Voting safely with Venezuelan e-voting

Voting in Venezuela is 100% automated and has voting machines and electronic ballots. Photo: Mercadeo y Negocios.

Venezuela returned to the polling stations just over two months after electing their president. The new electoral event, which took place on December 16, 2012, subjected the renovation of 23 governors and 237 posts from regional parliaments to public scrutiny. The electoral dynamics forced some districts to hold elections for three posts, but in other areas voters had to cast their ballots up to six times.

Although at first glance multiple voting in a single election might seem complicated, the truth is that the democratic system is based on allowing the citizens to choose their representatives in all spaces of power, which is why they have to vote for several posts at once. This situation might be confusing, complicated, and even disadvantageous in some countries, mainly because of the use of manual voting. However, in Venezuela, e-voting sidesteps the difficulties, and it proved so once again last Sunday.

This country’s system is 100% automated—voter’s identification, voting, scrutiny, tally and transmission of results—and is based on technology provided by Smartmatic. For these elections, not only were touchscreen machines used—namely the SAES 3300, 4000, 4200 and 4300 models—, but also, due to the numerous candidate parties and posts in dispute, tactile electronic ballots were enabled. These made suffrage much easier, and proof of this is the fact that voters only took an average of one minute to vote.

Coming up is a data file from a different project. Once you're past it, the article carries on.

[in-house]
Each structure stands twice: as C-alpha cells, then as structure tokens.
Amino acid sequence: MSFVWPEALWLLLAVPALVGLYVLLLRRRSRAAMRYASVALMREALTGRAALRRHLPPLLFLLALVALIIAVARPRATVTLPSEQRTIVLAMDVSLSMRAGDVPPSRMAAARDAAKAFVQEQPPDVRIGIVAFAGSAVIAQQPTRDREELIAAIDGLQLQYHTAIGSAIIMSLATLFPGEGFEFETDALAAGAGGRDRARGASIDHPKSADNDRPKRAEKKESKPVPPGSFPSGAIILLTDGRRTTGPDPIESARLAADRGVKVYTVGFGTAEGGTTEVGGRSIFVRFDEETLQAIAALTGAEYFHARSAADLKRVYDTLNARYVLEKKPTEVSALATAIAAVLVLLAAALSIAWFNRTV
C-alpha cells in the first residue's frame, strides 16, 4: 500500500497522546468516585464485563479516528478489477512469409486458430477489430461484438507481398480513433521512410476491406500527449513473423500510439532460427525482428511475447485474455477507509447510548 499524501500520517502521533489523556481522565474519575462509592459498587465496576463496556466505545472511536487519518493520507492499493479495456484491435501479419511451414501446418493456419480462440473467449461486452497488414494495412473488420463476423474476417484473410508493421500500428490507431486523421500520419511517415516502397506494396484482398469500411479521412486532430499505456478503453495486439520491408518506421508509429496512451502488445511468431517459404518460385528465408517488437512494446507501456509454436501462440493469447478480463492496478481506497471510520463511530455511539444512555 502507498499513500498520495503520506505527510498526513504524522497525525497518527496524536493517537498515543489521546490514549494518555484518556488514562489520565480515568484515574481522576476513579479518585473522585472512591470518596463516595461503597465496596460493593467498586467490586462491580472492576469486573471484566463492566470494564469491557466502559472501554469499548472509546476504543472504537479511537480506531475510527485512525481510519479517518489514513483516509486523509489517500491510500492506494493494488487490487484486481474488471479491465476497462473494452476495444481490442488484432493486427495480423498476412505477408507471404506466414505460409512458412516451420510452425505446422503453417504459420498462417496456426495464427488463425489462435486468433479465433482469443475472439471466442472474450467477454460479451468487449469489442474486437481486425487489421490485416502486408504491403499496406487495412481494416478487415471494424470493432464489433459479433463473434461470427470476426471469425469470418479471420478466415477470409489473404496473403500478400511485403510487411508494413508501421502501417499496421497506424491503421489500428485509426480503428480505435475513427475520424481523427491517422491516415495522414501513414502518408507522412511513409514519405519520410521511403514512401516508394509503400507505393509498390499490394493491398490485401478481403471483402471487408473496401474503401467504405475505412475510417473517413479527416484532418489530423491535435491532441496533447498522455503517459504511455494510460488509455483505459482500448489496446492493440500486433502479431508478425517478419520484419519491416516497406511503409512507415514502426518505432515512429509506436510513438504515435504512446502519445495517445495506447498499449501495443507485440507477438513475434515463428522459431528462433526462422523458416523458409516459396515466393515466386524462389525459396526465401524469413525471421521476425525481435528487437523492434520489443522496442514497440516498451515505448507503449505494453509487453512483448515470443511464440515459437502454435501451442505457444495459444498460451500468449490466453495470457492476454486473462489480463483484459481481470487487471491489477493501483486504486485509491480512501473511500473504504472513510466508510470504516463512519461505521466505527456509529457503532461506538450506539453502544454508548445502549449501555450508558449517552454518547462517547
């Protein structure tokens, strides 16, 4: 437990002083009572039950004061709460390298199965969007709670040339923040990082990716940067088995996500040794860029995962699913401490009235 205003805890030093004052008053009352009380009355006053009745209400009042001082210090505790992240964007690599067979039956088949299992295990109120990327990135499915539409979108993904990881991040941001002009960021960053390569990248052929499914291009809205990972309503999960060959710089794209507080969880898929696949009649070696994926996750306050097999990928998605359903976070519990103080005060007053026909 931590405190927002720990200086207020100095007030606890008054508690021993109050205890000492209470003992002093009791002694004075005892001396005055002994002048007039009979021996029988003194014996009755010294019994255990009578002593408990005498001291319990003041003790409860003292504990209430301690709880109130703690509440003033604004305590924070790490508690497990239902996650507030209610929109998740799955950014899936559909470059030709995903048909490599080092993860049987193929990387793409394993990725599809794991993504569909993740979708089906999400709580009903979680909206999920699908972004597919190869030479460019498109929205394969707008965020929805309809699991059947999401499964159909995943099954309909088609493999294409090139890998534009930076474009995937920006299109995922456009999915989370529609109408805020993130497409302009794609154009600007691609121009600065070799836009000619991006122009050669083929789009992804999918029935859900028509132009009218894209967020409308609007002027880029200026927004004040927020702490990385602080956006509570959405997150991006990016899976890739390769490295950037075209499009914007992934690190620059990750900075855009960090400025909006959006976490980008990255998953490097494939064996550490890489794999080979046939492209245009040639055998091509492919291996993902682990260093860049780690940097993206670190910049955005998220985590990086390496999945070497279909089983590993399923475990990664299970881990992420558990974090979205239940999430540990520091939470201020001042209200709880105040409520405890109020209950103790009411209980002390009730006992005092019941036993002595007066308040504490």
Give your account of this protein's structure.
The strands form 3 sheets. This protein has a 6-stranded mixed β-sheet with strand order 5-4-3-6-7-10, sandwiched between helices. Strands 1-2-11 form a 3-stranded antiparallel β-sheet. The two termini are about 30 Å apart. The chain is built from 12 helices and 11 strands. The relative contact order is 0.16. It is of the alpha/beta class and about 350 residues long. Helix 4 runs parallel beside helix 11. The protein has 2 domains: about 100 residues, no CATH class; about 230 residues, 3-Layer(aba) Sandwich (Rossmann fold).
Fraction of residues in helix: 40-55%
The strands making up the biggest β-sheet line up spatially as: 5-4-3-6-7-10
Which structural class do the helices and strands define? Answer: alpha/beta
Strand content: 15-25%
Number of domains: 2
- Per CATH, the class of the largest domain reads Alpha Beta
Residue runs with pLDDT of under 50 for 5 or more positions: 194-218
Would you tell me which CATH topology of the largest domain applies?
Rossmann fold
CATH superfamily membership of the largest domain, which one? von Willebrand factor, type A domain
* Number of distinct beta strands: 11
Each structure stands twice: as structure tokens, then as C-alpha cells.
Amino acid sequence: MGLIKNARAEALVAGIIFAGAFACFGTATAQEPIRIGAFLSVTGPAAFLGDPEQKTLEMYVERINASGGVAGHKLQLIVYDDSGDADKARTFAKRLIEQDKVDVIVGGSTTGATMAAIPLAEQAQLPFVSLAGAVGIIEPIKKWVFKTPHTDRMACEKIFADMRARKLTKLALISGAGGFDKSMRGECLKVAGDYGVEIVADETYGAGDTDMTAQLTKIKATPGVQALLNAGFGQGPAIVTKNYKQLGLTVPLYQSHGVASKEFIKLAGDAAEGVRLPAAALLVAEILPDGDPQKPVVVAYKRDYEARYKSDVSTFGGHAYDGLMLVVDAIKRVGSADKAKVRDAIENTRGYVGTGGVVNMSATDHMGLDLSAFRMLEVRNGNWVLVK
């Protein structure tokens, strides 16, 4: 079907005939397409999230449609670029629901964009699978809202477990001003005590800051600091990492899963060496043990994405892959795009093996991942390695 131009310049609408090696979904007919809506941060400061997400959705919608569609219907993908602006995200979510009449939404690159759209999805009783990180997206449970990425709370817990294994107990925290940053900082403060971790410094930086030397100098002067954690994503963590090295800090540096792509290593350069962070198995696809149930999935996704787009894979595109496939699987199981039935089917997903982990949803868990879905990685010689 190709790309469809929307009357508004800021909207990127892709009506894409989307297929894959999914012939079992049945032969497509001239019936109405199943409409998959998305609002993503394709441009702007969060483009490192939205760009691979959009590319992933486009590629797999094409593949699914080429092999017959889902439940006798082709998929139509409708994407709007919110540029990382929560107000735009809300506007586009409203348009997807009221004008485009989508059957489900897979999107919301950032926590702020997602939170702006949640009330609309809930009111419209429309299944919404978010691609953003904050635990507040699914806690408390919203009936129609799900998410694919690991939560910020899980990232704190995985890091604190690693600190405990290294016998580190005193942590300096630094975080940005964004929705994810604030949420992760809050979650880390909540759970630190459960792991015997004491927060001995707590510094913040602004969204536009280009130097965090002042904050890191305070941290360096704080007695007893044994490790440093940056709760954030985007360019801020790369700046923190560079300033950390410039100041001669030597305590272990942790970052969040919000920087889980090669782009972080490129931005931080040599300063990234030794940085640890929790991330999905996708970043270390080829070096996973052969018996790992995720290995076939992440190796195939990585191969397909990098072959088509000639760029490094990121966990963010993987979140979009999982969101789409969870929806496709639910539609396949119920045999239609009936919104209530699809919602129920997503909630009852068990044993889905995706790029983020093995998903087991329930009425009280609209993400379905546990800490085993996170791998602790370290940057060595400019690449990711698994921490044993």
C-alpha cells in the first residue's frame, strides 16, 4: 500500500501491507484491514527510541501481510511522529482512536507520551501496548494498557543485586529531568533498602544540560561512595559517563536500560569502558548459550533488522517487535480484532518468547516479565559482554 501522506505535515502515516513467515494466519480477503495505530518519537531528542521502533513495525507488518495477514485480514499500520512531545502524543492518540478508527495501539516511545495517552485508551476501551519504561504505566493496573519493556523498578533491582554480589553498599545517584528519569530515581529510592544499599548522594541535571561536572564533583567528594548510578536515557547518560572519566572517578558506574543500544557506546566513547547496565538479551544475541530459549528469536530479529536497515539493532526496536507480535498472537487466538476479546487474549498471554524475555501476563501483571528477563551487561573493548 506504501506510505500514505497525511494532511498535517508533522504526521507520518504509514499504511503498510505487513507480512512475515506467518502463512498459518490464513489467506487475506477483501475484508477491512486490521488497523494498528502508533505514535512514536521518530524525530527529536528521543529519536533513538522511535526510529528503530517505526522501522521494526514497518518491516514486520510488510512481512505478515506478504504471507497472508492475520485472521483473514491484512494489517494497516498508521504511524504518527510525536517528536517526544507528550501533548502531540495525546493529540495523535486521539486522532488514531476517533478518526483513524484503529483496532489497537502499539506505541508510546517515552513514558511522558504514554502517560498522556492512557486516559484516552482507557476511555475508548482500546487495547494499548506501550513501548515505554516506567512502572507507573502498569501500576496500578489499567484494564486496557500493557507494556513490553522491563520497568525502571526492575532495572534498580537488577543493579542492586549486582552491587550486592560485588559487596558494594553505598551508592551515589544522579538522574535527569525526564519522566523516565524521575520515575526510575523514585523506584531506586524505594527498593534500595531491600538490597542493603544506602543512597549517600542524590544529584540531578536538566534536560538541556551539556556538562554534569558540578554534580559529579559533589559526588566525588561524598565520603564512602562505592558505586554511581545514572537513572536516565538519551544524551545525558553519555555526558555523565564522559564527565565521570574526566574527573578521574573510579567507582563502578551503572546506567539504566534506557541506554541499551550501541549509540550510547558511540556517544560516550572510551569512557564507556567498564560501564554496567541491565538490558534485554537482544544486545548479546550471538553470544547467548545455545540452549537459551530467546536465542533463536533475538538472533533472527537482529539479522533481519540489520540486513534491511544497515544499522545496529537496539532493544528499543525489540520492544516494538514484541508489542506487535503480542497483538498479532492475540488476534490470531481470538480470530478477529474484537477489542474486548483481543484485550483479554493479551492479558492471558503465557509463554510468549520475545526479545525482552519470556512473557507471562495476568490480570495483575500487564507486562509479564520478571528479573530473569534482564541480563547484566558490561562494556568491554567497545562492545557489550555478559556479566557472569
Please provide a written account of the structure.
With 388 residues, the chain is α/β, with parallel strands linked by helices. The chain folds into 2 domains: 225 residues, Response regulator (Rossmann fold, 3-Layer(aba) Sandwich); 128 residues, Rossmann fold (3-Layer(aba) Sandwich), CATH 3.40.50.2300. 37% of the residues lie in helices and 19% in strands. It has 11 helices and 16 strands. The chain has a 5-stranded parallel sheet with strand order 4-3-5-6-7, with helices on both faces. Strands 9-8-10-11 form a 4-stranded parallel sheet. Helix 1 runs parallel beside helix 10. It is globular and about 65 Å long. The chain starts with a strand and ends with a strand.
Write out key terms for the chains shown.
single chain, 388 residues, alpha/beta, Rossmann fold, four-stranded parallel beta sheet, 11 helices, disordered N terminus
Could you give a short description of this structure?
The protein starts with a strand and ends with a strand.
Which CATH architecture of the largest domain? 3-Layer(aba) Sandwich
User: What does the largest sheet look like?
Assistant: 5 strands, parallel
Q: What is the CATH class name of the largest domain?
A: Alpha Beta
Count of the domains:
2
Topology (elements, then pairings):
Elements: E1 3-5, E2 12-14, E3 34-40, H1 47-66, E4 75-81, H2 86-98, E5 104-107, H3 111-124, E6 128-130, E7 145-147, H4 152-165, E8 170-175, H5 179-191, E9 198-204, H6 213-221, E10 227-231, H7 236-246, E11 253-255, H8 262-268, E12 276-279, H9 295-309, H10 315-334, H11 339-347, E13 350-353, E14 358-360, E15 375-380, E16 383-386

The use of electronic ballots, with a dynamic and clear design, allowed the voter to cast his or her vote by pushing anywhere on the candidate party’s card (with an LED indicator confirming suffrage). It also allowed cross-selection—electing candidates from various parties—or voting just once for a single organization for all the posts. This last option is these elections’ novelty, and it was possible with the addition of a “select all” tab to the ballot card,which means that pressing this option chose all the posts in the constituency. With this technology, both nominal vote—by first name and family name—and list suffrage, which is a list of candidates the voter can’t read when voting, but whose political party he or she chooses from amongst the ballot cards, worked seamlessly.

The simplification of multiple voting is only possible with automation. There are many examples in the world of how manual voting hinders this process, especially in countries with old-fashioned systems that often generate null votes, whether it is because the voter does not differentiate between candidates or does not mark them correctly, or what’s worse, because the votes are not faithfully tallied, altering the electors’ decision.

International observers offered a preliminary declaration, where they highlighted “how fast and transparent” the automated system is, since even though 260 different posts were being elected and 17,421,946 electors had been summoned, the results were offered less than three hours after the polling stations were closed. The representative from the Inter-American Union of Electoral Bodies (Uniore), Rosario Graciano, underscored the fact that e-voting worked perfectly and it’s a model that can be replicated throughout the hemisphere.

Having closed the process, Venezuela did it again: it offered its citizens an electoral system with the most advanced and effective technology, which protected vote secrecy and yielded clean results, thus allowing for the people’s intent to come out victorious.


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